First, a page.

One of the greatest challenges contact centres face is being able to manage variable volumes of calls in a cost-effective way.
Until VoIP (Voice over Internet Protocol), contact centres were constrained by the technological limits of analogue phone lines, as each could handle no more than 24 simultaneous calls. For larger call centres, there was no other option than to have, literally, hundreds of lines, and when call levels increased, the only way to increase capacity was to buy additional lines, often with a heavy price tag from telecoms providers.
To mitigate such costs, contact centres have, historically, over-invested in their infrastructure. Although this enabled them to cope with peak traffic, it also meant unused capacity for the rest of the time.
One solution to this challenge is VoIP technology, which enables the integration of a multitude of functions within the call centre, such as inbound and outbound calls, integrated voice response, analytics and staff management.
However, contact centres have been slow to embrace it and continue to rely primarily on good old-fashioned analogue phone lines: VoIP requiring digital data means that the information from traditional, analogue phone lines needs to be converted using gateway devices first. The process and investment needed become even more complex and expensive when the call centres are multi-site operations or rely on virtual agents working from home. Adopting VoIP, rather than patching up an analogue structure, brings versatility and cost efficiencies to contact centres, although it is not completely devoid of technical challenges.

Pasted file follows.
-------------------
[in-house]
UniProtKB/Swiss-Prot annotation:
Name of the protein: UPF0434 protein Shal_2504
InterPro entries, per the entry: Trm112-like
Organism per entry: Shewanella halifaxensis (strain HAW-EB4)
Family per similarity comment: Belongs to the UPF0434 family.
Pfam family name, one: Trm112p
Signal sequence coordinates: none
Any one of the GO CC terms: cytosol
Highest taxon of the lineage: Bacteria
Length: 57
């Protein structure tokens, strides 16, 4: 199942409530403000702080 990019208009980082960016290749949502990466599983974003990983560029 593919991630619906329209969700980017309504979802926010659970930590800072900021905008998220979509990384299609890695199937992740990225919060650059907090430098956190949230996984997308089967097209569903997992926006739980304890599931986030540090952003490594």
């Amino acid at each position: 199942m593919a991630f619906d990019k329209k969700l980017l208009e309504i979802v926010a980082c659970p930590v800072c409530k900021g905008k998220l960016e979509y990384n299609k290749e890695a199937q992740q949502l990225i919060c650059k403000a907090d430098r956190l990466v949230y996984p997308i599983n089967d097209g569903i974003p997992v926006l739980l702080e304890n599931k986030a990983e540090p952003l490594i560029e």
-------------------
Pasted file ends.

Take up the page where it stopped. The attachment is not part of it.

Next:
A more effective option is moving directly from traditional phone lines to a SIP (Session Initiation Protocol) trunk: rather than connecting to multiple phone lines, whose data is converted to digital before being transferred over the internet, your company’s internet is directly connected to your ISP’s internet. Each connection benefits from hundreds of megabits of bandwidth and when companies need to increase capacity to deal with higher call volumes, they simply have to request more ports to be enabled. The extra capacity can be activated instantly without having to change the infrastructure or lay a single cable, and likewise disabled when they are no longer needed.
In addition, moving to a SIP trunk also makes contact centres more flexible: as the lines are not tied to a physical structure, consolidating and managing phone lines and phone numbers becomes nothing more than managing a network. Corporate Connect prides itself on use of modern technology and methods to provide a highly flexible, excellent customer service. For more information of what we can deliver for your business, get in touch today